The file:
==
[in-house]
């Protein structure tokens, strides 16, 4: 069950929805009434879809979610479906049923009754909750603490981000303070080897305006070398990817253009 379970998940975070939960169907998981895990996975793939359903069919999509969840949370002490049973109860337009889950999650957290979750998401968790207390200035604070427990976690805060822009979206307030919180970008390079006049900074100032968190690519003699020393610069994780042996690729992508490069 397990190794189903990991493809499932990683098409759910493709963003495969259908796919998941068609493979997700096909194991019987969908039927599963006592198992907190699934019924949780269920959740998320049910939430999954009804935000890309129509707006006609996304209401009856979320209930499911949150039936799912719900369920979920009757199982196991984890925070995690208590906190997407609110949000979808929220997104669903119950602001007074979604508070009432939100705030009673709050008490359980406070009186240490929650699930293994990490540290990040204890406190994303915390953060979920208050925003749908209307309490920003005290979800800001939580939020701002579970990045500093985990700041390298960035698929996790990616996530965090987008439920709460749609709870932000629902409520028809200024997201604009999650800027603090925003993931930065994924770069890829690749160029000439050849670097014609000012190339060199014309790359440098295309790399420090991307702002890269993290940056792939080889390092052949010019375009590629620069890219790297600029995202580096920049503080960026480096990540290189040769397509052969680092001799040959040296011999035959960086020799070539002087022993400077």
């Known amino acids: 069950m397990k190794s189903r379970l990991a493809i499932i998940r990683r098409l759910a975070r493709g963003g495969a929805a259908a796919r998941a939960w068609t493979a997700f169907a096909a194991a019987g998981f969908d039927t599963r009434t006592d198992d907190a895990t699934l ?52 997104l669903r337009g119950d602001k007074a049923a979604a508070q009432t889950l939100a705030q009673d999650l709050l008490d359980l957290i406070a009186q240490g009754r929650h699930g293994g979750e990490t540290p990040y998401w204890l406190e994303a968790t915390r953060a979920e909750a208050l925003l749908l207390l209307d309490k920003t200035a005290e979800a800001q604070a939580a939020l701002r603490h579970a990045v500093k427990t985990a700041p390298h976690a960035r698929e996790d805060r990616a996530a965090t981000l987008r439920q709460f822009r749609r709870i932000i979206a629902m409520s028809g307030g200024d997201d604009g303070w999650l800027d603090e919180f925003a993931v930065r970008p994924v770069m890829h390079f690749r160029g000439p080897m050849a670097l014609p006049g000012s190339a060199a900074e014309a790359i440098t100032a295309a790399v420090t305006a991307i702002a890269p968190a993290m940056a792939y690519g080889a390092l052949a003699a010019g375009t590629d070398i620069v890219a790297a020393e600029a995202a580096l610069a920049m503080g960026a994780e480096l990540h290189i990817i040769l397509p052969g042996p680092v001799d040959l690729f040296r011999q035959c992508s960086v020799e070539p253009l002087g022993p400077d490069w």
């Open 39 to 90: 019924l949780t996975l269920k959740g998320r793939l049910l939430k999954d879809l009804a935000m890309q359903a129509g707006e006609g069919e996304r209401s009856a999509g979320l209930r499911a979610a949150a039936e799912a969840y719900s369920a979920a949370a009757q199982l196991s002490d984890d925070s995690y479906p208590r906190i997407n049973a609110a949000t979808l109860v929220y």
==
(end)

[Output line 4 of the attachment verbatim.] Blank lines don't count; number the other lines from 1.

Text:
């Open 39 to 90: 019924l949780t996975l269920k959740g998320r793939l049910l939430k999954d879809l009804a935000m890309q359903a129509g707006e006609g069919e996304r209401s009856a999509g979320l209930r499911a979610a949150a039936e799912a969840y719900s369920a979920a949370a009757q199982l196991s002490d984890d925070s995690y479906p208590r906190i997407n049973a609110a949000t979808l109860v929220y």